Mapping Cumulative Impacts to Coastal Ecosystem Services in British Columbia
Published on by Gerald Singh
Ecosystem services are impacted through restricting service supply, through limiting people from accessing services, and by affecting the quality of services. We map cumulative impacts to 8 different ecosystem services in coastal British Columbia using InVEST models, spatial data, and expert elicitation to quantify risk to each service from anthropogenic activities. We find that impact to service access and quality as well as impact to service supply results in greater severity of impact and a greater diversity of causal processes of impact than only considering impact to service supply. This suggests that limiting access to services and impacts to service quality may be important and understanding these kinds of impacts may complement our knowledge of impacts to biophysical systems that produce services. Some ecosystem services are at greater risk from climate stressors while others face greater risk from local activities. Prominent causal pathways of impact include limiting access and affecting quality. Mapping cumulative impacts to ecosystem services can yield rich insights, including highlighting areas of high impact and understanding causes of impact, and should be an essential management tool to help maintain the flow of services we benefit from.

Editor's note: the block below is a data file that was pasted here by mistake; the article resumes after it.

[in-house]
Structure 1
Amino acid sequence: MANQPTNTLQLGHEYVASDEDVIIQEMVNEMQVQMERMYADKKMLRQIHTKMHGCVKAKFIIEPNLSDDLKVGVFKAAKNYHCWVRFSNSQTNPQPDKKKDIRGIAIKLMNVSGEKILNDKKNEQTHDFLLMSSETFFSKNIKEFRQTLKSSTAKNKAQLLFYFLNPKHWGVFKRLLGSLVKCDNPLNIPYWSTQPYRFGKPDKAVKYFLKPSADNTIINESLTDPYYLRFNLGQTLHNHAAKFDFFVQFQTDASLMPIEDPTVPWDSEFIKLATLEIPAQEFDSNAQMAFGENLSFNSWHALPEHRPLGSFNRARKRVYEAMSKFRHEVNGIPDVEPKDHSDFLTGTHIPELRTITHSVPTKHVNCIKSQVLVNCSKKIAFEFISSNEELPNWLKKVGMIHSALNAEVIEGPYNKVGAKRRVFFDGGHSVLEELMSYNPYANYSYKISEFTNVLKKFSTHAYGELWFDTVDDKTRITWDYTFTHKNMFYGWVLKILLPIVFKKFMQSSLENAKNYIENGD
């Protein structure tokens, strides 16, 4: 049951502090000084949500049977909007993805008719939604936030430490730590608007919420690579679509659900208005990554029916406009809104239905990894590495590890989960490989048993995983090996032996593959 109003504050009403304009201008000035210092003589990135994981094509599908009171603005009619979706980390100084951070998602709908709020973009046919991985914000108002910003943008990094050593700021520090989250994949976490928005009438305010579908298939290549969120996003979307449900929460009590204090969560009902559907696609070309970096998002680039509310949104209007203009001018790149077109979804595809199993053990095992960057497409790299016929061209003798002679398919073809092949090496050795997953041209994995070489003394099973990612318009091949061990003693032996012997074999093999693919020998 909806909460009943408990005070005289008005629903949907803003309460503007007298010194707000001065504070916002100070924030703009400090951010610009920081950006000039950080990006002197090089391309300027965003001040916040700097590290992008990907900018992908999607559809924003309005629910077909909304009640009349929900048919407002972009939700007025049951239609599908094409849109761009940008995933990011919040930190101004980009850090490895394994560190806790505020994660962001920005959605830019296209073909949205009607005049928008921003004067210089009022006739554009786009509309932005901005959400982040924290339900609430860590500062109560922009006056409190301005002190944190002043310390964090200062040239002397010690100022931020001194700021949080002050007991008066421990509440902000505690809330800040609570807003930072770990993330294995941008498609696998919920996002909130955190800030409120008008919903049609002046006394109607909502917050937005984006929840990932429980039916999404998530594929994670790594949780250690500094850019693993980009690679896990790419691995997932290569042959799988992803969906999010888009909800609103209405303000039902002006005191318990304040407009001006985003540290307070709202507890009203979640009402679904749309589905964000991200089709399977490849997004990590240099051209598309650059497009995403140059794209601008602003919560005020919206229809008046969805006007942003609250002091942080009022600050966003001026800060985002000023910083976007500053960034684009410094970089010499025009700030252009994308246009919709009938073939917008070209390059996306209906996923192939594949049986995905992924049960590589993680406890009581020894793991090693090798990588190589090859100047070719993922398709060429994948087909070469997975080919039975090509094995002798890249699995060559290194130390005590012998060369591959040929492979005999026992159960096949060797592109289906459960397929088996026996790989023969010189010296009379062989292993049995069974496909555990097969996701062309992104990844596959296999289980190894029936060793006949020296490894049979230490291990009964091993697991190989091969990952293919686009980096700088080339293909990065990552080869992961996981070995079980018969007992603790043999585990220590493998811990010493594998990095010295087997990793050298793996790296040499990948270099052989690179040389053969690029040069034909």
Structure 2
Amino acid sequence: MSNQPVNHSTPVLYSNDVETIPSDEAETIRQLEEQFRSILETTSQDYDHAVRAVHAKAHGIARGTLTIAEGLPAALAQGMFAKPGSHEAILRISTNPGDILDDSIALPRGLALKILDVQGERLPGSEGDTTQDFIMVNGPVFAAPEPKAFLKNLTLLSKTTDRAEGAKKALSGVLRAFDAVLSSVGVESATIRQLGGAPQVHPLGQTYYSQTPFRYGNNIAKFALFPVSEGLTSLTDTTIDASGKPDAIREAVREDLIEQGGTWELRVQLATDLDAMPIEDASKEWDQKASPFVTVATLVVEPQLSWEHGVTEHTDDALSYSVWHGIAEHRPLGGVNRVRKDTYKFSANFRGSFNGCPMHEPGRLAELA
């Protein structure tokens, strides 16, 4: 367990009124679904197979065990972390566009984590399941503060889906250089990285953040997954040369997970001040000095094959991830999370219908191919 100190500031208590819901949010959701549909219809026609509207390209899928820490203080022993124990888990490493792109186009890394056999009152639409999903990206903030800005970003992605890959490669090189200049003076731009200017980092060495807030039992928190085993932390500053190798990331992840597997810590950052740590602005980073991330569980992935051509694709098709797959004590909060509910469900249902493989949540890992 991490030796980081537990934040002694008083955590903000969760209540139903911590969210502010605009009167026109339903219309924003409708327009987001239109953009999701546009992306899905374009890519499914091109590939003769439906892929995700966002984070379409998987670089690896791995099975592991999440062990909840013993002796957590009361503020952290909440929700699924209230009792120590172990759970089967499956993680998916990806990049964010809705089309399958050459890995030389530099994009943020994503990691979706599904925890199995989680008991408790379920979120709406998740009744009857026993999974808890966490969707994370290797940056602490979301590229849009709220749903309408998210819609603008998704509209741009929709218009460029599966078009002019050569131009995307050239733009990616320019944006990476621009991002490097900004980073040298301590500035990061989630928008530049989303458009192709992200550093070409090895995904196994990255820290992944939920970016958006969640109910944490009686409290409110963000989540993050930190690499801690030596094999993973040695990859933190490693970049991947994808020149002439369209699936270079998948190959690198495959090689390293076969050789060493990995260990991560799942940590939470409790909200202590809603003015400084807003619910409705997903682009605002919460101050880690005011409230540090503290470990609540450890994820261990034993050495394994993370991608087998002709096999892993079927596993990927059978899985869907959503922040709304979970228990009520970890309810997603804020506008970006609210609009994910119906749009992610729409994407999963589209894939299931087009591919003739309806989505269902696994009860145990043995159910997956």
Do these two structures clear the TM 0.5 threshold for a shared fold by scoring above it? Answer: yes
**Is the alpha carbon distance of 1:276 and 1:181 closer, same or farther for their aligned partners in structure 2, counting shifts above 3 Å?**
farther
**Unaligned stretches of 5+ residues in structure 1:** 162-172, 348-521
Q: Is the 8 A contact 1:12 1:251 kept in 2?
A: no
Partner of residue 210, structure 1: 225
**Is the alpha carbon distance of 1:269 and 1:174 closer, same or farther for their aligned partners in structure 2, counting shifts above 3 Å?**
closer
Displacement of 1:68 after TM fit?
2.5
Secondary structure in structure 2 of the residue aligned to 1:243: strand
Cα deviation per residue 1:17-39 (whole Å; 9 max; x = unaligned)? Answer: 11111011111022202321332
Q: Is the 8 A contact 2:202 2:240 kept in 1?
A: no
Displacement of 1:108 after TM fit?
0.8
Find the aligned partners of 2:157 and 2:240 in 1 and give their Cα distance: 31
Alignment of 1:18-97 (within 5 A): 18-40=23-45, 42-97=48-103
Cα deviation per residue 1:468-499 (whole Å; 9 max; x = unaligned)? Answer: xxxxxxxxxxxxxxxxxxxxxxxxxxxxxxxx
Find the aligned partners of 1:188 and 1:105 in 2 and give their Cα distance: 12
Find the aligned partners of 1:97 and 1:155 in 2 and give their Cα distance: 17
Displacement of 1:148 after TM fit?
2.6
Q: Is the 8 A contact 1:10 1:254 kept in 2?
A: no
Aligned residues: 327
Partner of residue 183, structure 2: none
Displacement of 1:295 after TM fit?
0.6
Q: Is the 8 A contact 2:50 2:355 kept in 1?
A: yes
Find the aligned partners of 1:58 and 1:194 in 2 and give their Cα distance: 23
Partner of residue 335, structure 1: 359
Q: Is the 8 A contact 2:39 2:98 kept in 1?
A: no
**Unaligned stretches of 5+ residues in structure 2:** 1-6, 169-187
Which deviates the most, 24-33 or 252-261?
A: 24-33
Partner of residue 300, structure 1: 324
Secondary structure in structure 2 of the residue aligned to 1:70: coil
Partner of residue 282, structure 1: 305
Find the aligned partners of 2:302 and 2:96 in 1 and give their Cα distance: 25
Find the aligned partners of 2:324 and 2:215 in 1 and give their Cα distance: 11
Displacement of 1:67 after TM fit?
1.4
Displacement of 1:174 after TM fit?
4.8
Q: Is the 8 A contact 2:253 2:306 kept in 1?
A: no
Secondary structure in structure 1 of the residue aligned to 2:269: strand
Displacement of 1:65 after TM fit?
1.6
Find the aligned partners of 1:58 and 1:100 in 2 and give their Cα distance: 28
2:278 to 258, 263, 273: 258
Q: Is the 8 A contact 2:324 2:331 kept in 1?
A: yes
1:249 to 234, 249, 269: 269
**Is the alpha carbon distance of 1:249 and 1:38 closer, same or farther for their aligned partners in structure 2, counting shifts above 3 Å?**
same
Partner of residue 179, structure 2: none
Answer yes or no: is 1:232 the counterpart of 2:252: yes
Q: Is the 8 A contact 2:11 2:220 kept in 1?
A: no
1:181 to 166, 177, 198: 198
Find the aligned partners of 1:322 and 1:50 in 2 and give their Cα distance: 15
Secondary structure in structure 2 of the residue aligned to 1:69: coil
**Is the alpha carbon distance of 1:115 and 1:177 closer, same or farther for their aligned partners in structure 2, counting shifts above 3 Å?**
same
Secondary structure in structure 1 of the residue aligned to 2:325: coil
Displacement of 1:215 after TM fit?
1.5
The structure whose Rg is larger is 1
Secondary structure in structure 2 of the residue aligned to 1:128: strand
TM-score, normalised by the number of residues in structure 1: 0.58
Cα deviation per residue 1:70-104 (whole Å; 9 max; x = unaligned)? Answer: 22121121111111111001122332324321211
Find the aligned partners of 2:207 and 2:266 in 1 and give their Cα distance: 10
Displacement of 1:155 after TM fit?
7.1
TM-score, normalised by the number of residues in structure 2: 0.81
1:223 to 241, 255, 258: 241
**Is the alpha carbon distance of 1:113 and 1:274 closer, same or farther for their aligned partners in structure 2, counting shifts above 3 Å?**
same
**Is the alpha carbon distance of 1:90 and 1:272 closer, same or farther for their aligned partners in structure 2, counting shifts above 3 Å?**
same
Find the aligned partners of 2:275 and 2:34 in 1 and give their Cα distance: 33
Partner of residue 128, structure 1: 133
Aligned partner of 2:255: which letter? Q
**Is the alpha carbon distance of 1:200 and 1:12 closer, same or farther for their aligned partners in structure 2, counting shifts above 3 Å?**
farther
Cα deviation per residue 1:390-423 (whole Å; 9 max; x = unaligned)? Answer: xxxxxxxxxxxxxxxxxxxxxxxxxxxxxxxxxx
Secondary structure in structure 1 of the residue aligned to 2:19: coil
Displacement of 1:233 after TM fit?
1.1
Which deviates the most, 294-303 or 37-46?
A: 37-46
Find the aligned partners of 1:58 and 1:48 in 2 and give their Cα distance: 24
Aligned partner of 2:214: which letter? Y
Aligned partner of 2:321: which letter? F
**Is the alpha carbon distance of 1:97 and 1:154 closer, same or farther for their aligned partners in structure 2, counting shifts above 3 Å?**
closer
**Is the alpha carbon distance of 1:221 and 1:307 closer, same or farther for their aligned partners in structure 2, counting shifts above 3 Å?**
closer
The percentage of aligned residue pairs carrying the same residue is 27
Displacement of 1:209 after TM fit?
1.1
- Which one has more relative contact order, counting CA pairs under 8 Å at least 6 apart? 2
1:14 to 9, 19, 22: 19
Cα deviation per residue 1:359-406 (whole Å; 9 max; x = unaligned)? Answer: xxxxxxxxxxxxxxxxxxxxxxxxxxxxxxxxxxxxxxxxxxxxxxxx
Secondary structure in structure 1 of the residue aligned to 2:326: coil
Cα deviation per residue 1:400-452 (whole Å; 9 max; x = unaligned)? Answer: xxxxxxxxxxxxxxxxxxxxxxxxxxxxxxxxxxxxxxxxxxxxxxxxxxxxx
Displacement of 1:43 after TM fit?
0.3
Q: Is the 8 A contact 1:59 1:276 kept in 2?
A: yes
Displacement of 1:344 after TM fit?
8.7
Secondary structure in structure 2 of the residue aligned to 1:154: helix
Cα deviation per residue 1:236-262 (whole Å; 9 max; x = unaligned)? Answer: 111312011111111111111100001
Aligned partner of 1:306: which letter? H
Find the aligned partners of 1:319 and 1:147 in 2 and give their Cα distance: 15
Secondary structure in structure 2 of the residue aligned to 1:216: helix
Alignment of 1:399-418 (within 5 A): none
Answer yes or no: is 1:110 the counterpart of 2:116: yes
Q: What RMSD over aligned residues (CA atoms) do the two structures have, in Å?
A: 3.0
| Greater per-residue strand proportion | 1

Cite items from this project
NSERC Michael Smith Foreign Study Supplement
Pacific Institute for Climate Solutions
David and Lucille Packard Foundation